Though global espionage remains a going concern in the 21st century, somehow the popular stories we tell about it return again and again to the Cold War. Maybe it has to do with the demand those mostly pre-digital decades made upon the physical ingenuity of spies as well as the tools of spycraft. Take, for instance, one particularly ingenious CIA-issued tool kit on display at the International Spy Museum in Washington, D.C. “Filled with escape tools,” says the Spy Museum’s web site, “this kit could be stashed inside the body where it would not be found during a search.” Take one guess as to where inside the body, exactly, it could be stashed.
You can get a closer look at the rectal tool kit in the Atlas Obscura video above. This “tightly sealed, pill-shaped container full of tools that could aid an escape from various sticky situations,” as that site’s Lizzie Philip describes it, “was issued to CIA operatives during the height of the Cold War.”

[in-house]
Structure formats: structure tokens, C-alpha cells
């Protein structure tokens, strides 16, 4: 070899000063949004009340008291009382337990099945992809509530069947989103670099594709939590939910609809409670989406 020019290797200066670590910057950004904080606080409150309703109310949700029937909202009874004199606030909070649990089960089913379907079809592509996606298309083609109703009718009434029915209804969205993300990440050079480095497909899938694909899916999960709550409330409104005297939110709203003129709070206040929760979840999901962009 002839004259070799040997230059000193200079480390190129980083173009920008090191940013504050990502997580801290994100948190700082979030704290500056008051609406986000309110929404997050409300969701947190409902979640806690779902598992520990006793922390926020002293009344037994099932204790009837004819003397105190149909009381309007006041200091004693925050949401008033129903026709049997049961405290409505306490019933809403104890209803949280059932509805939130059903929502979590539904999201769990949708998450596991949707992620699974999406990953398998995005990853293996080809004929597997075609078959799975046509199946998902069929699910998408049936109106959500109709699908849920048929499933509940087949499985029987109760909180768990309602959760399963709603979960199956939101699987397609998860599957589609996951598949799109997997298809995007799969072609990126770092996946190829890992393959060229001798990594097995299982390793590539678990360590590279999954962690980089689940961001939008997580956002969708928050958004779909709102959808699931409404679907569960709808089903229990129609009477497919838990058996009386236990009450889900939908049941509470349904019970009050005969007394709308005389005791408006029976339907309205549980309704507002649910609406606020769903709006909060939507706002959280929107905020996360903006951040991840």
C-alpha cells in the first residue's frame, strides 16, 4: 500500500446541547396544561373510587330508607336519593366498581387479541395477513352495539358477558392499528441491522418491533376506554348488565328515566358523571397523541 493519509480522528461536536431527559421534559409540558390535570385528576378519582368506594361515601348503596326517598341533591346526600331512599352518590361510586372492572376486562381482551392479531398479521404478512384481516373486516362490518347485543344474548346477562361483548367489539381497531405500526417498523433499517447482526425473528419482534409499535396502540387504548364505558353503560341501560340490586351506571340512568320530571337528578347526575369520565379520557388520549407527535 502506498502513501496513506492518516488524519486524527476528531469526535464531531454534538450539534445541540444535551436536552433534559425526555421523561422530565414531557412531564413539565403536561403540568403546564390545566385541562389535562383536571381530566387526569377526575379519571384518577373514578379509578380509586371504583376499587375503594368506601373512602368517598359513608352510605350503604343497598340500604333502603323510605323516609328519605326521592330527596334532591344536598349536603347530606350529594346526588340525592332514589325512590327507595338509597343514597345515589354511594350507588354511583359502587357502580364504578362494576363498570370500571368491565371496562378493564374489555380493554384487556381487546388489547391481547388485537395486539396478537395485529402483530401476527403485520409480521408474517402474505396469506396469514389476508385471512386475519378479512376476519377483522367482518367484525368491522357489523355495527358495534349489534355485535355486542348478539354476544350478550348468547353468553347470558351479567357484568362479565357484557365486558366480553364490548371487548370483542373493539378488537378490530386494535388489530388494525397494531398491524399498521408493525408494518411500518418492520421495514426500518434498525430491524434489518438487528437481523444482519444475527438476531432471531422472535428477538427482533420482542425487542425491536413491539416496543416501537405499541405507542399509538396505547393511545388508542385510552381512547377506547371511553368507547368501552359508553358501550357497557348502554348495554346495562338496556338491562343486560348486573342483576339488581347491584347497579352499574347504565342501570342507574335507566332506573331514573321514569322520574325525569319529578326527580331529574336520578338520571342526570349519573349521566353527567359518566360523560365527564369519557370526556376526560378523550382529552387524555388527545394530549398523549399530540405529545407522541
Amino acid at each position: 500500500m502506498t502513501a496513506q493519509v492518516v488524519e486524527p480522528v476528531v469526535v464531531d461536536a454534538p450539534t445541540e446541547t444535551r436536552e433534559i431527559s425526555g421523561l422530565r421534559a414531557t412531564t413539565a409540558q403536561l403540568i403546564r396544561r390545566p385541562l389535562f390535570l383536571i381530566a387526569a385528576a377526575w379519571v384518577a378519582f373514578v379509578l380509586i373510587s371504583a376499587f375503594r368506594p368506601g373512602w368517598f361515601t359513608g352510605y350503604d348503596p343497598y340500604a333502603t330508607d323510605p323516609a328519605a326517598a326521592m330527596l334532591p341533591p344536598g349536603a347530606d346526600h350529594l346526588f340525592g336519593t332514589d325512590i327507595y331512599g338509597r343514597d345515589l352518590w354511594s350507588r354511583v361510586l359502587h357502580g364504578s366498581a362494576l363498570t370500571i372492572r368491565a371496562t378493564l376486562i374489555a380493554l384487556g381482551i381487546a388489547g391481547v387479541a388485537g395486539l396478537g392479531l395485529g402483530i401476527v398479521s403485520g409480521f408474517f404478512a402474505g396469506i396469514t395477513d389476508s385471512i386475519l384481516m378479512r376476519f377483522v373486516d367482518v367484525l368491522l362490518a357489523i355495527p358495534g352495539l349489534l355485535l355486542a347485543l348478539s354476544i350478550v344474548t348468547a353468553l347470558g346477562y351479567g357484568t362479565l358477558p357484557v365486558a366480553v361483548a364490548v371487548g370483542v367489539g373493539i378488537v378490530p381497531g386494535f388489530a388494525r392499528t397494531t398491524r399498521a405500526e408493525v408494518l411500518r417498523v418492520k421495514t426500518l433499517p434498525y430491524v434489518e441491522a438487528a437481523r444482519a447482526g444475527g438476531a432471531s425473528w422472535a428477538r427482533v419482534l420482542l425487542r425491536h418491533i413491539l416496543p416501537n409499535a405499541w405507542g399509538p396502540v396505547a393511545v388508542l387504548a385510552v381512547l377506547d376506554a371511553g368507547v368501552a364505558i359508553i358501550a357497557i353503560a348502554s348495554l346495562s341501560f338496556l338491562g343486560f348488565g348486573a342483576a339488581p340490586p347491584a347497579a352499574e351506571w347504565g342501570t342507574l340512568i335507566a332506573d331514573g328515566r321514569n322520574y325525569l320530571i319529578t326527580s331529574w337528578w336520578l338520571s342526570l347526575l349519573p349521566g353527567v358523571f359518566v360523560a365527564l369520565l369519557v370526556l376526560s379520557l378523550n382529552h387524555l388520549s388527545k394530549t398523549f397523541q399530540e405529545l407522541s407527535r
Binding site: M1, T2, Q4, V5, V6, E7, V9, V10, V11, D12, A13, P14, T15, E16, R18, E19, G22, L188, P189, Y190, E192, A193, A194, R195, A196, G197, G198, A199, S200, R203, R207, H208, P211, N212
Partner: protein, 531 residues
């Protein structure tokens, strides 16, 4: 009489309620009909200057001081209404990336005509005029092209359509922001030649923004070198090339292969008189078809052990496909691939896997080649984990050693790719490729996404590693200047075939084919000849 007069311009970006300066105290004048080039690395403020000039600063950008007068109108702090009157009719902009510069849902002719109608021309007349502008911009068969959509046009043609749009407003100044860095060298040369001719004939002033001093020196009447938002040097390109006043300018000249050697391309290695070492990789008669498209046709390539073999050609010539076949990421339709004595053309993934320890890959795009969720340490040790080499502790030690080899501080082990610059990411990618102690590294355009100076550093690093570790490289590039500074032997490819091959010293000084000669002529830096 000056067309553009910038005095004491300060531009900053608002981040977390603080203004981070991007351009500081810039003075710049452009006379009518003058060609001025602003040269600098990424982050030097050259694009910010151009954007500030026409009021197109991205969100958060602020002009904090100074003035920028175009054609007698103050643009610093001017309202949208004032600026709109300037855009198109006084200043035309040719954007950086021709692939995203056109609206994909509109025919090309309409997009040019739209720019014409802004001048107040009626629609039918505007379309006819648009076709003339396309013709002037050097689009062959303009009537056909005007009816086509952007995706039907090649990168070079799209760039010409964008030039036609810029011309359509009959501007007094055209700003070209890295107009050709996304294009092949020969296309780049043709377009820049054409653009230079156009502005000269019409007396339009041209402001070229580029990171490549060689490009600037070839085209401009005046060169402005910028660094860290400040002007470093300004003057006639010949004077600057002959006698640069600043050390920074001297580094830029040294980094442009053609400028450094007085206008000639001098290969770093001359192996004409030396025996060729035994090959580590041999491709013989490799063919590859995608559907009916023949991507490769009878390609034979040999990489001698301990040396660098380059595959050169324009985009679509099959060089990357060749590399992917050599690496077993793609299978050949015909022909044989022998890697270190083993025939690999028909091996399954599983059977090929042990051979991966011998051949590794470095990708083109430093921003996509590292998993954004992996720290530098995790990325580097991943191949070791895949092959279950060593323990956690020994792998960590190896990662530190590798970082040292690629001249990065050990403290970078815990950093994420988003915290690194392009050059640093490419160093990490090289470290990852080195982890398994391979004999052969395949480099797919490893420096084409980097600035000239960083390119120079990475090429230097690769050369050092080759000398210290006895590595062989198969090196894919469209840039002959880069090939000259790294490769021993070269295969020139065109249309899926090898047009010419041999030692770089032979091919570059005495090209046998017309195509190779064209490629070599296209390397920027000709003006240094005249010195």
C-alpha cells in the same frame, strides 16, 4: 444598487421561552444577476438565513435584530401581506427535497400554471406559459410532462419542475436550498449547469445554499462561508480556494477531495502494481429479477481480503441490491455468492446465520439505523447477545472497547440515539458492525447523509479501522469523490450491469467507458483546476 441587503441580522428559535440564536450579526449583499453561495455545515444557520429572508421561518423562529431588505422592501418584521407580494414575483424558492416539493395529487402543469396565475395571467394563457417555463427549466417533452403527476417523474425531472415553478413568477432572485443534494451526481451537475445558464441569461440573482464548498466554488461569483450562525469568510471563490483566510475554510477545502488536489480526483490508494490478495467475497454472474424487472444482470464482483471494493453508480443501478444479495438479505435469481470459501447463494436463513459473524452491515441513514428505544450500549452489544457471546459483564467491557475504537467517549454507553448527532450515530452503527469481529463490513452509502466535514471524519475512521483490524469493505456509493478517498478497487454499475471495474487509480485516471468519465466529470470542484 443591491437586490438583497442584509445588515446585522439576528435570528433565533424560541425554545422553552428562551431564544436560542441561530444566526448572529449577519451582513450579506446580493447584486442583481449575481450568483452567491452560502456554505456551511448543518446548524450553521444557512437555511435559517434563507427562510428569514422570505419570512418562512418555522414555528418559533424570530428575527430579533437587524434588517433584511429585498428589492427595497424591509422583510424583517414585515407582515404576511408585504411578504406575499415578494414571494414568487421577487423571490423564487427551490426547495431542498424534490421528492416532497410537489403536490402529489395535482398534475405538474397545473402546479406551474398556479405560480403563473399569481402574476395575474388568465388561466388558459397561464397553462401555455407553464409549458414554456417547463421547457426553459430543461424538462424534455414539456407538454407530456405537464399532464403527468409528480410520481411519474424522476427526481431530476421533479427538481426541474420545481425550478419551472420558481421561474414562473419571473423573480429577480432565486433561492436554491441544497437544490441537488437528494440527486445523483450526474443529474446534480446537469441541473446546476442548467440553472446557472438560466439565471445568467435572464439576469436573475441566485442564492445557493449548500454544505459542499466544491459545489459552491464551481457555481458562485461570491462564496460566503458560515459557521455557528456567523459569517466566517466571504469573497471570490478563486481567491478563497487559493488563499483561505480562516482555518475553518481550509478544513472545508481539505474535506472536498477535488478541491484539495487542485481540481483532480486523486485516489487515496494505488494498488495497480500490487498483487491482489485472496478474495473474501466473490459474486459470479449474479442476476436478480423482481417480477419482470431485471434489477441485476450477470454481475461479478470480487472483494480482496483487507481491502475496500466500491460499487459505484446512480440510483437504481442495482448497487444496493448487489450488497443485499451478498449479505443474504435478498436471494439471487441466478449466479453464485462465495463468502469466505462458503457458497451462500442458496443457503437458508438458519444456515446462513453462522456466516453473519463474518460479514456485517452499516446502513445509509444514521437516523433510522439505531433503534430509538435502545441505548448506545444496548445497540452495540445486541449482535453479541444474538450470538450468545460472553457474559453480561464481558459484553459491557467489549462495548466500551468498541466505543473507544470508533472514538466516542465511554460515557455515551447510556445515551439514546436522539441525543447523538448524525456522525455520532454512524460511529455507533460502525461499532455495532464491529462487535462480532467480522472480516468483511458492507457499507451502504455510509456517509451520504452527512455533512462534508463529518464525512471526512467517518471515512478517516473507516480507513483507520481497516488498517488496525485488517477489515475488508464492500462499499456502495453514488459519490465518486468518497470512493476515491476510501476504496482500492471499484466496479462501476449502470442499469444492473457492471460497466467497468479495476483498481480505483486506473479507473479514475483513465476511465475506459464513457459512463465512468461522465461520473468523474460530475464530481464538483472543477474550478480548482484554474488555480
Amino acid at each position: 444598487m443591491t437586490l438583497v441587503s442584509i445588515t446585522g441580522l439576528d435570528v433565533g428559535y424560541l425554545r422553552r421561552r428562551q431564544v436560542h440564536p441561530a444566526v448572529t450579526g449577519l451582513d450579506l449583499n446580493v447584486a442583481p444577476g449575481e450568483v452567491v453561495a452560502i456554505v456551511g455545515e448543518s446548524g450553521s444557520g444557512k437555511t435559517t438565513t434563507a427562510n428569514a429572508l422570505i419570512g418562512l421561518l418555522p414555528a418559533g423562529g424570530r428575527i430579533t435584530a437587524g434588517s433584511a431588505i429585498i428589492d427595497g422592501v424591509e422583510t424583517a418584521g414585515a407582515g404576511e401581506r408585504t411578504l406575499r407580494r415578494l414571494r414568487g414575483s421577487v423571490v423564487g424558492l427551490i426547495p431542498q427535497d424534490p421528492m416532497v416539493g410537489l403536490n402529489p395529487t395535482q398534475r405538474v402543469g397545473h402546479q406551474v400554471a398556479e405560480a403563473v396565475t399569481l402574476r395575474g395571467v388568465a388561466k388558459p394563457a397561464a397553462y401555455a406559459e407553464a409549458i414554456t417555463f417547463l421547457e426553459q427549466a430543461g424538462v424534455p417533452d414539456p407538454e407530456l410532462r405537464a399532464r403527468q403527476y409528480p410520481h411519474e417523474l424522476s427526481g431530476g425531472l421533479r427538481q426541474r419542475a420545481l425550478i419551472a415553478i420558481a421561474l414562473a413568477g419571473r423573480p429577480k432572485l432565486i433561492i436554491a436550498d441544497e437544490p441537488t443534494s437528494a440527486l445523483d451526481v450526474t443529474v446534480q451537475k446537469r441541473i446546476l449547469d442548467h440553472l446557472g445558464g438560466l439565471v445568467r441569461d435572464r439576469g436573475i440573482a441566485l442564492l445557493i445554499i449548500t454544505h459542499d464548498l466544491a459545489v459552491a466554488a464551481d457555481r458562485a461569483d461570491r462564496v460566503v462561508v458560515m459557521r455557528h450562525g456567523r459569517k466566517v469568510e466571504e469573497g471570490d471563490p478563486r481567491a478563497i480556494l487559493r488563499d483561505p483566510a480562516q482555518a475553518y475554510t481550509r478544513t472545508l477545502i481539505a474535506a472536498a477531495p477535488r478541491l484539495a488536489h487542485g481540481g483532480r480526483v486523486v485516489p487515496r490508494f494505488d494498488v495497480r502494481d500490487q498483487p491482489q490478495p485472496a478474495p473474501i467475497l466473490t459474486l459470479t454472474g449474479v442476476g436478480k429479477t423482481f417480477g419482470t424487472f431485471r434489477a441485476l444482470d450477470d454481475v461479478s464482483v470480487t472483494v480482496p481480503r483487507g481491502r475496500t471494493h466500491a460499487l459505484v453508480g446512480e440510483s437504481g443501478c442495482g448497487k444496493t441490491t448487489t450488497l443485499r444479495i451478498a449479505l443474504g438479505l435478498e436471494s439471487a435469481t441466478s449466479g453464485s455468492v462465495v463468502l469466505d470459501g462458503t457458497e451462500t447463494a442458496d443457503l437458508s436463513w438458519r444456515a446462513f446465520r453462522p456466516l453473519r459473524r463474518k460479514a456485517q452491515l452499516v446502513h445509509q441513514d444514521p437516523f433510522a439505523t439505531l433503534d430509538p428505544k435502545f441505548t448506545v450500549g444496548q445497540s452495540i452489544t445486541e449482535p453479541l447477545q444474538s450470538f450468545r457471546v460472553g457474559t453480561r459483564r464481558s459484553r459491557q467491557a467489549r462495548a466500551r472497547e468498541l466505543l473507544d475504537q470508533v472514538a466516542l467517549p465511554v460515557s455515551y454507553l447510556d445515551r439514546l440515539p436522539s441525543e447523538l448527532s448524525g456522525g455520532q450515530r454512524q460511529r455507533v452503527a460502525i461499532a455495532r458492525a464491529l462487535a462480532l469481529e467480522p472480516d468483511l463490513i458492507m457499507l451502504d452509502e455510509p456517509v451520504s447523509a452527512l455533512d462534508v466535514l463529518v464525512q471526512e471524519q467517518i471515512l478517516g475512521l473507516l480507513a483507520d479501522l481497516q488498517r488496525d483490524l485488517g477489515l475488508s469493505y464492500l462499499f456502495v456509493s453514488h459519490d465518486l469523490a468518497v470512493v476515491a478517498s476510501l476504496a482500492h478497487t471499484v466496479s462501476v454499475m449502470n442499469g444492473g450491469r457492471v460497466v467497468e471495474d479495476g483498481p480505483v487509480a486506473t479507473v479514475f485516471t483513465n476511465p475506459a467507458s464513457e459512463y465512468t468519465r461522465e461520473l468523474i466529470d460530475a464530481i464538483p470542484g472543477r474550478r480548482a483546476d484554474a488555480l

Built to contain a variety of escape tools like “drill bits, saws and knives,” it presented quite an engineering challenge: its materials, one needs hardly add, “could not splinter or create sharp edges that could injure users,” and “it had to seal tightly to not let anything seep in or poke out.” Upon seeing an item like this, which commands so much attention at the Spy Museum, one wonders whether all the spying that went on during Cold War was really so glamorous after all.
Has it crossed the mind of, say, John Le Carré, his writing career a nearly sixty-year-long deflation of the pretensions of spycraft, to write about the ins and outs of rectal tool kits? But then, personal experience has granted him much more knowledge about the tactics of British espionage than those of the American variety. As surely as he knows the MI5’s official motto, “Regnum Defende,” he must also know the unofficial motto that pokes fun at the organization’s aggressive culture of blame avoidance, “Rectum Defende” — words that, in light of the knowledge about just where the agents of Britain’s main ally were storing their tools, take on a whole new meaning.
via Atlas Obscura
Based in Seoul, Colin Marshall writes and broadcasts on cities, language, and culture. His projects include the book The Stateless City: a Walk through 21st-Century Los Angeles and the video series The City in Cinema. Follow him on Twitter at @colinmarshall or on Facebook.